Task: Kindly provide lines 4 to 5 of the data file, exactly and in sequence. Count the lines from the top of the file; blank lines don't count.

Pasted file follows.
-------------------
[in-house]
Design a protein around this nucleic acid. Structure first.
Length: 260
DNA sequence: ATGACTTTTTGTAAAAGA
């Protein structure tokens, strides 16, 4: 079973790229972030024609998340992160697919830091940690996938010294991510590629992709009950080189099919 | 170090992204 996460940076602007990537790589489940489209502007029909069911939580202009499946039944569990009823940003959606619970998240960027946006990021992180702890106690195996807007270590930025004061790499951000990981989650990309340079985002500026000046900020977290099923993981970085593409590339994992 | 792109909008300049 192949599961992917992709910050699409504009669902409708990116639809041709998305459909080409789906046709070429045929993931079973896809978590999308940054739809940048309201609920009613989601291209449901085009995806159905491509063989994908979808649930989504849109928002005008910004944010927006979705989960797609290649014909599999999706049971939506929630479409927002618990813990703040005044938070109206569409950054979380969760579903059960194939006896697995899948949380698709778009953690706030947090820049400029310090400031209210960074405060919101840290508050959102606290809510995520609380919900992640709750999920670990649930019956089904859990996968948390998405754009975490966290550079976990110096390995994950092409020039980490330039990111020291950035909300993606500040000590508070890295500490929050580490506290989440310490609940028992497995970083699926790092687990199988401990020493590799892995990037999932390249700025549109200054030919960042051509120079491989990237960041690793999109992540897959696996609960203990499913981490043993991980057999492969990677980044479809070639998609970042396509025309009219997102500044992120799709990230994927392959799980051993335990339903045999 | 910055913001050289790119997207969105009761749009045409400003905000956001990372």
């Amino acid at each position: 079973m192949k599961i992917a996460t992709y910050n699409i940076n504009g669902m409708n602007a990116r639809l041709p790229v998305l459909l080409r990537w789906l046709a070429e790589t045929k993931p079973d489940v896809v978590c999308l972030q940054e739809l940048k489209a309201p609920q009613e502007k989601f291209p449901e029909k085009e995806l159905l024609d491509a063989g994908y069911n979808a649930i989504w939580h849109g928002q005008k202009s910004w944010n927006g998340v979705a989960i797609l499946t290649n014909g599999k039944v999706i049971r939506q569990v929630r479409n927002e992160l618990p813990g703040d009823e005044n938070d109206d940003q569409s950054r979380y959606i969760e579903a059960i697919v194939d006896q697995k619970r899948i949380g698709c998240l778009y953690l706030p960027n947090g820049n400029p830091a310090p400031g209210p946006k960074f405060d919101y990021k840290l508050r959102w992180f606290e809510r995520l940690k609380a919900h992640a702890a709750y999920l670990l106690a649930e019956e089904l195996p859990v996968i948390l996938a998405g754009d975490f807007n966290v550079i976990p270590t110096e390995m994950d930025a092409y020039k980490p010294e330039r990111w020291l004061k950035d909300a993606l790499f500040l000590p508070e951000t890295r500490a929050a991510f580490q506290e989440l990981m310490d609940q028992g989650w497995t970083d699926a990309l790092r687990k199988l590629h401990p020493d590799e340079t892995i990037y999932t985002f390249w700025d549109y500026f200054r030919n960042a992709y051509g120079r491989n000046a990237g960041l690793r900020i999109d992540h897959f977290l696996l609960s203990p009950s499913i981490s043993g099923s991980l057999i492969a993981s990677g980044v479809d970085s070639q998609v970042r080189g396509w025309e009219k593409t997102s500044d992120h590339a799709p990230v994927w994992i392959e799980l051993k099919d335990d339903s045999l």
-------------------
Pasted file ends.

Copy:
DNA sequence: ATGACTTTTTGTAAAAGA
């Protein structure tokens, strides 16, 4: 079973790229972030024609998340992160697919830091940690996938010294991510590629992709009950080189099919 | 170090992204 996460940076602007990537790589489940489209502007029909069911939580202009499946039944569990009823940003959606619970998240960027946006990021992180702890106690195996807007270590930025004061790499951000990981989650990309340079985002500026000046900020977290099923993981970085593409590339994992 | 792109909008300049 192949599961992917992709910050699409504009669902409708990116639809041709998305459909080409789906046709070429045929993931079973896809978590999308940054739809940048309201609920009613989601291209449901085009995806159905491509063989994908979808649930989504849109928002005008910004944010927006979705989960797609290649014909599999999706049971939506929630479409927002618990813990703040005044938070109206569409950054979380969760579903059960194939006896697995899948949380698709778009953690706030947090820049400029310090400031209210960074405060919101840290508050959102606290809510995520609380919900992640709750999920670990649930019956089904859990996968948390998405754009975490966290550079976990110096390995994950092409020039980490330039990111020291950035909300993606500040000590508070890295500490929050580490506290989440310490609940028992497995970083699926790092687990199988401990020493590799892995990037999932390249700025549109200054030919960042051509120079491989990237960041690793999109992540897959696996609960203990499913981490043993991980057999492969990677980044479809070639998609970042396509025309009219997102500044992120799709990230994927392959799980051993335990339903045999 | 910055913001050289790119997207969105009761749009045409400003905000956001990372």